Auddhatyakaukritya, Auddhatyakaukṛtya, Auddhatya-kaukritya: 2 definitions
Auddhatyakaukritya means something in Buddhism, Pali. If you want to know the exact meaning, history, etymology or English translation of this term then check out the descriptions on this page. Add your comment or reference to a book if you want to contribute to this summary article.
The Sanskrit term Auddhatyakaukṛtya can be transliterated into English as Auddhatyakaukrtya or Auddhatyakaukritya, using the IAST transliteration scheme (?).
Mahayana (major branch of Buddhism)Source: Wisdom Library: Maha Prajnaparamita Sastra
Auddhatyakaukṛtya (अउद्धत्यकौकृत्य) refers to excitement (auddhatya) and regret (kaukṛtya) according to the 2nd century Mahāprajñāpāramitāśāstra (chapter XXVIII). Accordingly, “the obstacle of excitement (auddhatya) and regret (kaukṛtya).—Excitement is a dharma that harms the mind of the monastic (pravrajyā-citta): if a person with concentrated mind (saṃgṛhita-citta) cannot remain faithful, then what can be said of a person with a scattered mind (vikṣipta-citta)? The excited person is as uncontrollable as a mad elephant (gandhagaja) without a hook or a camel (uṣṭra) with pierced nose.—The person who is prey to regret (kaukṛtya) is like a criminal always tortured by fear (bhaya). When the arrow of regret has entered the mind, it is implanted there and cannot be torn out”.Source: academia.edu: A Study and Translation of the Gaganagañjaparipṛcchā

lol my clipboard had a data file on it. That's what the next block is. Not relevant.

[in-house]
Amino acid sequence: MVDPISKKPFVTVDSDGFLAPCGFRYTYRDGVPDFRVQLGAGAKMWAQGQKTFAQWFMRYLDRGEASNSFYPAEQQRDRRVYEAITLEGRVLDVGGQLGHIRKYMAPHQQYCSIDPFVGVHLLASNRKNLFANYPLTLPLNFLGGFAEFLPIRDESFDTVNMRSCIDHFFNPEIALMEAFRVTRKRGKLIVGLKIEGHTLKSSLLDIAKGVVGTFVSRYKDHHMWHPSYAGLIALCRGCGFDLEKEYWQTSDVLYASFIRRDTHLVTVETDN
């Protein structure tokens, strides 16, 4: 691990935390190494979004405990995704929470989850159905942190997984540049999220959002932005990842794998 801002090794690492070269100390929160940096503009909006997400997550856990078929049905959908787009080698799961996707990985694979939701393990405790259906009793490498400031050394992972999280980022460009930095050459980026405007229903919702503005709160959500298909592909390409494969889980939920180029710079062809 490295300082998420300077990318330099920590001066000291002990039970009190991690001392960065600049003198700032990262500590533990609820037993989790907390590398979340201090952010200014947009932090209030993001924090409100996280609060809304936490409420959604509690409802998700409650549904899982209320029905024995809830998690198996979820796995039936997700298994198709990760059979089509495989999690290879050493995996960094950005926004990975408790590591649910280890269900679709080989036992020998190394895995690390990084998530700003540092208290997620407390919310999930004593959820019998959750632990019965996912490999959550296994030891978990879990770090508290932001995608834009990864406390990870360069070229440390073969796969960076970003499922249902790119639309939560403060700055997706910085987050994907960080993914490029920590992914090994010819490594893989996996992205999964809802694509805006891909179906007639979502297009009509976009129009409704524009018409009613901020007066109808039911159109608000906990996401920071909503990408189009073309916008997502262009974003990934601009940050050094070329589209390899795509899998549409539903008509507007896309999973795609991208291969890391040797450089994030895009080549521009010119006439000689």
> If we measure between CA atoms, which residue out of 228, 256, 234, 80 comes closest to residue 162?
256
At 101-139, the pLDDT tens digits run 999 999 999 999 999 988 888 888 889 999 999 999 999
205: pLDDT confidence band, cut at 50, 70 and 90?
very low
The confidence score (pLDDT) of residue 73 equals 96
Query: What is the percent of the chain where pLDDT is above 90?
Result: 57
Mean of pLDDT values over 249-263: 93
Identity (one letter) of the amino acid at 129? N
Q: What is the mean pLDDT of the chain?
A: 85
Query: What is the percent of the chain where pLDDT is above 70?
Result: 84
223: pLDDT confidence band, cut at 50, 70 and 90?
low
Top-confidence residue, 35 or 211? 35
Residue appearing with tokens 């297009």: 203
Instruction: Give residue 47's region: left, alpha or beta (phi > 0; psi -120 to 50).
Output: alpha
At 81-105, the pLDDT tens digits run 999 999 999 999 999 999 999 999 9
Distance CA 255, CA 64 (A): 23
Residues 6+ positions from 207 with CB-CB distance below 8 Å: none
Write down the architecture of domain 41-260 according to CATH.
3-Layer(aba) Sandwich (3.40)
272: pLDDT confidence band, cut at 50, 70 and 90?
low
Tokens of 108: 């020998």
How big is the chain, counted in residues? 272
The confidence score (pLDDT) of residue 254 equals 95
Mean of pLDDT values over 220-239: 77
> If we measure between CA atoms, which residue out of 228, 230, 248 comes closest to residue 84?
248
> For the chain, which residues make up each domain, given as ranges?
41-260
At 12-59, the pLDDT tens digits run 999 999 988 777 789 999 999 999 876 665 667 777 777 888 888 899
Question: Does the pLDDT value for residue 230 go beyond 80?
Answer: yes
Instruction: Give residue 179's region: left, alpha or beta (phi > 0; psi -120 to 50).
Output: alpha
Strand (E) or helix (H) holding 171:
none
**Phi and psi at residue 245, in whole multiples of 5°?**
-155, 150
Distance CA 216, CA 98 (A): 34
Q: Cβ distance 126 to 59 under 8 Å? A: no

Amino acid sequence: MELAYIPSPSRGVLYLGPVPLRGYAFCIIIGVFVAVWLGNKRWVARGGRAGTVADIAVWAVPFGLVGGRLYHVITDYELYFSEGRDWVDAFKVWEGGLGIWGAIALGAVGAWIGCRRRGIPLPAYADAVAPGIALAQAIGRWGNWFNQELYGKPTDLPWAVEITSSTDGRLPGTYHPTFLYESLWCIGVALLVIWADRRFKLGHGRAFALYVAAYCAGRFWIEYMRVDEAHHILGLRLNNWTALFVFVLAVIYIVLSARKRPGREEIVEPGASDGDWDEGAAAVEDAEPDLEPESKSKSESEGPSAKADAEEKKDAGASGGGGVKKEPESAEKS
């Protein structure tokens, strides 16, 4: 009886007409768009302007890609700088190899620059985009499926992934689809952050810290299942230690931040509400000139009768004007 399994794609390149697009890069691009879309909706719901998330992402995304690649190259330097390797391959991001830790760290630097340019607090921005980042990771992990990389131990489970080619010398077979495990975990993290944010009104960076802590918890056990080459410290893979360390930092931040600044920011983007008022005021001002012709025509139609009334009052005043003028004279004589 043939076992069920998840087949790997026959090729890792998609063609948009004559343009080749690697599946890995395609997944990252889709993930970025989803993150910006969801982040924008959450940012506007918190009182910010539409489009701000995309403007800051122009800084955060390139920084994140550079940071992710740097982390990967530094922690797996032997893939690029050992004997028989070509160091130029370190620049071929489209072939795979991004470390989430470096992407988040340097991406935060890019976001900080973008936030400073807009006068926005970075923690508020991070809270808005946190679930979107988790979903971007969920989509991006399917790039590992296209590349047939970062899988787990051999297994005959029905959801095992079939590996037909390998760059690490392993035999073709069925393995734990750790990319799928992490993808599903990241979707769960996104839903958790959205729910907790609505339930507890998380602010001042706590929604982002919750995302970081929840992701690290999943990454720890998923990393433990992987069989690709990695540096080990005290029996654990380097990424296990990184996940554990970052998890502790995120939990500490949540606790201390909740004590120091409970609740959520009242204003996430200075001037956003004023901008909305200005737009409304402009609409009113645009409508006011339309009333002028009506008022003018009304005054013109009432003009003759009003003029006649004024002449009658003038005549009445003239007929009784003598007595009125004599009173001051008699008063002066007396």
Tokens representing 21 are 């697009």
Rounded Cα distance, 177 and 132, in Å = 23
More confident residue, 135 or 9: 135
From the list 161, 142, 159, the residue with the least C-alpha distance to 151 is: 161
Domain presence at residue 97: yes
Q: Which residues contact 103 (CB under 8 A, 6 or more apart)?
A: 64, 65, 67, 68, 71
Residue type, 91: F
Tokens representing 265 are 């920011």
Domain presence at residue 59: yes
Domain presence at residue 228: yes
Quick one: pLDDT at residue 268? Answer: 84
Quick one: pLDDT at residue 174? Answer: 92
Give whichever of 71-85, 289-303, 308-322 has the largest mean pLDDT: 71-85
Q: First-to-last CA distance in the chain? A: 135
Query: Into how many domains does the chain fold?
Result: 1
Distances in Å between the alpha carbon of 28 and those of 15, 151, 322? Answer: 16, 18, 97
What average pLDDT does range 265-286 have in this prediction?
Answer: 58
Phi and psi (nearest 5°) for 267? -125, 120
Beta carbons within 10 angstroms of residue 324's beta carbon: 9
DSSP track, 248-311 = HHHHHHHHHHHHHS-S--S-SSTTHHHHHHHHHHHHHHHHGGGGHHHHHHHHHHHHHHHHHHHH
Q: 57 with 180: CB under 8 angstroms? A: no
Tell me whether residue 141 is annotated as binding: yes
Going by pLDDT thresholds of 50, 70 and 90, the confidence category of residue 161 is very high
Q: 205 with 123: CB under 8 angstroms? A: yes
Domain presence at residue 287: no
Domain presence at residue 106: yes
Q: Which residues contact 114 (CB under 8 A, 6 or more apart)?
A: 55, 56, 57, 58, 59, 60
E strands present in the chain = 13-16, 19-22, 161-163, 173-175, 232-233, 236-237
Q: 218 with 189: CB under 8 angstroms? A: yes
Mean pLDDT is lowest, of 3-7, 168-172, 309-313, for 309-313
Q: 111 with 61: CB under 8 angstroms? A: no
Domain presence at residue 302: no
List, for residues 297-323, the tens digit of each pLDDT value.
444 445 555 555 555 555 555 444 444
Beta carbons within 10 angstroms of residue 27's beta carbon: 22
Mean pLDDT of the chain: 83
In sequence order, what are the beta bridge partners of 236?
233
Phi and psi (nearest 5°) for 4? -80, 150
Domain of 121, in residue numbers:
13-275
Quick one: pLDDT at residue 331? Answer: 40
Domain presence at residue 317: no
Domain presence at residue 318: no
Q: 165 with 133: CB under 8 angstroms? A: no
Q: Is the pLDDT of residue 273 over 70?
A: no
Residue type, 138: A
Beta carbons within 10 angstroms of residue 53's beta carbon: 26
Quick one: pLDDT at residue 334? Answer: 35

Auddhatyakaukṛtya (औद्धत्यकौकृत्य) refers to “desirous excitement and regret”, according to the Gaganagañjaparipṛcchā: the eighth chapter of the Mahāsaṃnipāta (a collection of Mahāyāna Buddhist Sūtras).—Accordingly, as Gaganagañja said to Ratnapāṇi: “Son of good family, those sixty-four dharmas are included in one hundred twenty-eight dharmas. What are those one hundred twenty-four? [...] (37) the mind without modification is included in the thought which is the same as earth and giving up aversion and attachment; (38) the absence of mental agitation is included in giving up desirous excitement and regret (auddhatyakaukṛtya) and investigating impermanently; (39) being the same as a mountain is included in being neither conceited nor depressed; (40) the undisturbed is included in never forgetting any promise and perseverance to keep vows; [...]’”.
Mahayana (महायान, mahāyāna) is a major branch of Buddhism focusing on the path of a Bodhisattva (spiritual aspirants/ enlightened beings). Extant literature is vast and primarely composed in the Sanskrit language. There are many sūtras of which some of the earliest are the various Prajñāpāramitā sūtras.
See also (Relevant definitions)
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Maha Prajnaparamita Sastra (by Gelongma Karma Migme Chödrön)
Emptiness 15: Emptiness consisting of non-perception (anupalambhaśūnyatā) < [Chapter XLVIII - The Eighteen Emptinesses]